Why appearance shouldn’t define capability

By Shae Slaughter | 12/11/17 1:29am


We’ve all heard the saying "don’t judge a book by its cover." As a population, we are notorious for judging people based on their appearance, whether it be clothing, age, race or something even more minute. We do this in our own lives, but we also do this to people of power. The problem is that appearance has very little, if anything, to do with capability.

Not too long ago, I saw a perfect example of this in my own life. I was searching for a dress to wear to a work-related holiday party, and I could not find one that I liked. This wasn’t because I was short on dresses (trust me, I have plenty). It was because I was worried of what people might think. 

I wanted my dress to be of the cocktail variety, a dark color, professional and appropriate. I tried on dress after dress, fearing that one or all of these were a little too short or too tight or had the wrong sleeves. The list goes on and on. I explained this to my boyfriend, and as I did so, I realized what I was actually afraid of. I was afraid of not being taken seriously. I was afraid that my appearance wouldn’t translate to my intelligence and my capability within the position that I hold. From there, I realized just how silly it is to be afraid of something like that. 

Still, our world works in those ways. A dress that’s just one inch too high or an outfit that isn’t fashionable enough are grounds for being mocked and discredited. This can happen in job interviews where certain business wear is considered appropriate and the rest is just unprofessional. The difference between a blue tie or an orange tie could persuade interviewers one way or another.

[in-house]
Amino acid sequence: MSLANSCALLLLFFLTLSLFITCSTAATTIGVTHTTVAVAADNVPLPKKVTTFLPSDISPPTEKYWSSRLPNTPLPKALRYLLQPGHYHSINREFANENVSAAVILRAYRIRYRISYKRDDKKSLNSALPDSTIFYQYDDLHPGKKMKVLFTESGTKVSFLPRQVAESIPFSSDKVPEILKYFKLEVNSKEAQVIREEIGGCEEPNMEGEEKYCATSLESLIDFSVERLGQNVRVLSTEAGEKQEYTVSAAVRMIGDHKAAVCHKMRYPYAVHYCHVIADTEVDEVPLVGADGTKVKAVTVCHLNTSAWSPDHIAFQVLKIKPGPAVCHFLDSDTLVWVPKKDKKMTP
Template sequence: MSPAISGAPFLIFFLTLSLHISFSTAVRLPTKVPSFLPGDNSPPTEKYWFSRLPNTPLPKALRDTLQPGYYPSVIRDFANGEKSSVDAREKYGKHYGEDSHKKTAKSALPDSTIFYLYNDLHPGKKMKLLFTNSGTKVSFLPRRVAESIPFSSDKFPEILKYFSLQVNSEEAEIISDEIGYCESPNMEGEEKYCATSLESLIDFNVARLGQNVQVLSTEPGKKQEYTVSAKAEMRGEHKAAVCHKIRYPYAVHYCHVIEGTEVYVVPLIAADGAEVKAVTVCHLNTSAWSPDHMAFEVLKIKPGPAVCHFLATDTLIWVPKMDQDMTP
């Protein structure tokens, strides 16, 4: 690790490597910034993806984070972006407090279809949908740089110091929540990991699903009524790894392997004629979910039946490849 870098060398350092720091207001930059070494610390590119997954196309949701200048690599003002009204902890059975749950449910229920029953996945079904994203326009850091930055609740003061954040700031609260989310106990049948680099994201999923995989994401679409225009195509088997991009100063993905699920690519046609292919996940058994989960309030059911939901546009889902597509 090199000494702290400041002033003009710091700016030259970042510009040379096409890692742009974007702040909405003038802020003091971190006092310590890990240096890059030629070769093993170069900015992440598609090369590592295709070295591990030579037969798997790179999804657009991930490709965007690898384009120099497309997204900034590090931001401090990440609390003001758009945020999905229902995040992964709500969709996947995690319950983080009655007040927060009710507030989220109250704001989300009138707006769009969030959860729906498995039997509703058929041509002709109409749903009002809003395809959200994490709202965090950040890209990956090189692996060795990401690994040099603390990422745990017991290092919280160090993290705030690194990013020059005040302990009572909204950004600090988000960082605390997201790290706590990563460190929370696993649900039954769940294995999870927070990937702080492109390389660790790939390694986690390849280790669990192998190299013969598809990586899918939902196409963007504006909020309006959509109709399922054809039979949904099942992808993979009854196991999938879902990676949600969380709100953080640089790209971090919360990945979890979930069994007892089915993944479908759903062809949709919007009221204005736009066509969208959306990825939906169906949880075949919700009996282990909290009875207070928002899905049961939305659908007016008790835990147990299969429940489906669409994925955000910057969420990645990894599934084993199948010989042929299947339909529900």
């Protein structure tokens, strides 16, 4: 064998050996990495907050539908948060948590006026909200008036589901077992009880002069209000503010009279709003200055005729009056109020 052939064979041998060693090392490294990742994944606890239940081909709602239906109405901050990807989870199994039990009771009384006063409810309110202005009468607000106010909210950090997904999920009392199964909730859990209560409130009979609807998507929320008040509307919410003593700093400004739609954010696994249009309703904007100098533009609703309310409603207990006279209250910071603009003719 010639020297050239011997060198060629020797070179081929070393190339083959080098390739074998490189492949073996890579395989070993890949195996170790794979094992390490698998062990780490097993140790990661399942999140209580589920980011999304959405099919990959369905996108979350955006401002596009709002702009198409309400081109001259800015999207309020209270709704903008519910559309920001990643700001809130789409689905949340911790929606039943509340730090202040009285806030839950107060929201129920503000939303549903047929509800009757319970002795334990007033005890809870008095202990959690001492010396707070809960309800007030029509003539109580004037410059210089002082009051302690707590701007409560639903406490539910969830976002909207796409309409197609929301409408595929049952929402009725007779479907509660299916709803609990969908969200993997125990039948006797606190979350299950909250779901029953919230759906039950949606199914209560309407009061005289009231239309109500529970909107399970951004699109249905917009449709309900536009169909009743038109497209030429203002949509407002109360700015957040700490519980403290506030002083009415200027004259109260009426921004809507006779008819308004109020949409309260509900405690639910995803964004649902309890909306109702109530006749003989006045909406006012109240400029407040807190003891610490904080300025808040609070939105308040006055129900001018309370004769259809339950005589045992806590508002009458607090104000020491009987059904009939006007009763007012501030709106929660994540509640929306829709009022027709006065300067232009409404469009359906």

This can also be seen in politics with the constant mockery of Hillary Clinton’s pantsuits and Donald Trump’s hair. Realistically, these things don’t factor into their capability at all. I think it is safe to assume that a pantsuit doesn’t remove Clinton’s Yale Law School degree. Trump’s hair doesn’t negate his business prowess, either. Their actions should be the deciding factor in whether or not they are deserving of credibility.

First ladies are often critiqued in this way, too. These women are constantly attacked for their outfit choices. I still remember Michelle Obama being criticized for wearing a sleeveless outfit as if her arms were completely inappropriate. Melania Trump has also received criticism for wearing stiletto heels in the wrong situation. In my mind, there’s no problem with them wearing what they want if they can get the job done. If Michelle can fix school lunches with her arms showing, and if Melania can help hurricane victims in heels, more power to them. 

Yes, there are limits to this mindset, and some semblance of professionalism is required in certain aspects of life. But do these little differences make someone any less qualified? No, not really. It is useless to judge people on these little things. Peoples' outfits and their abilities have no correlation, so don’t just judge their cover. 

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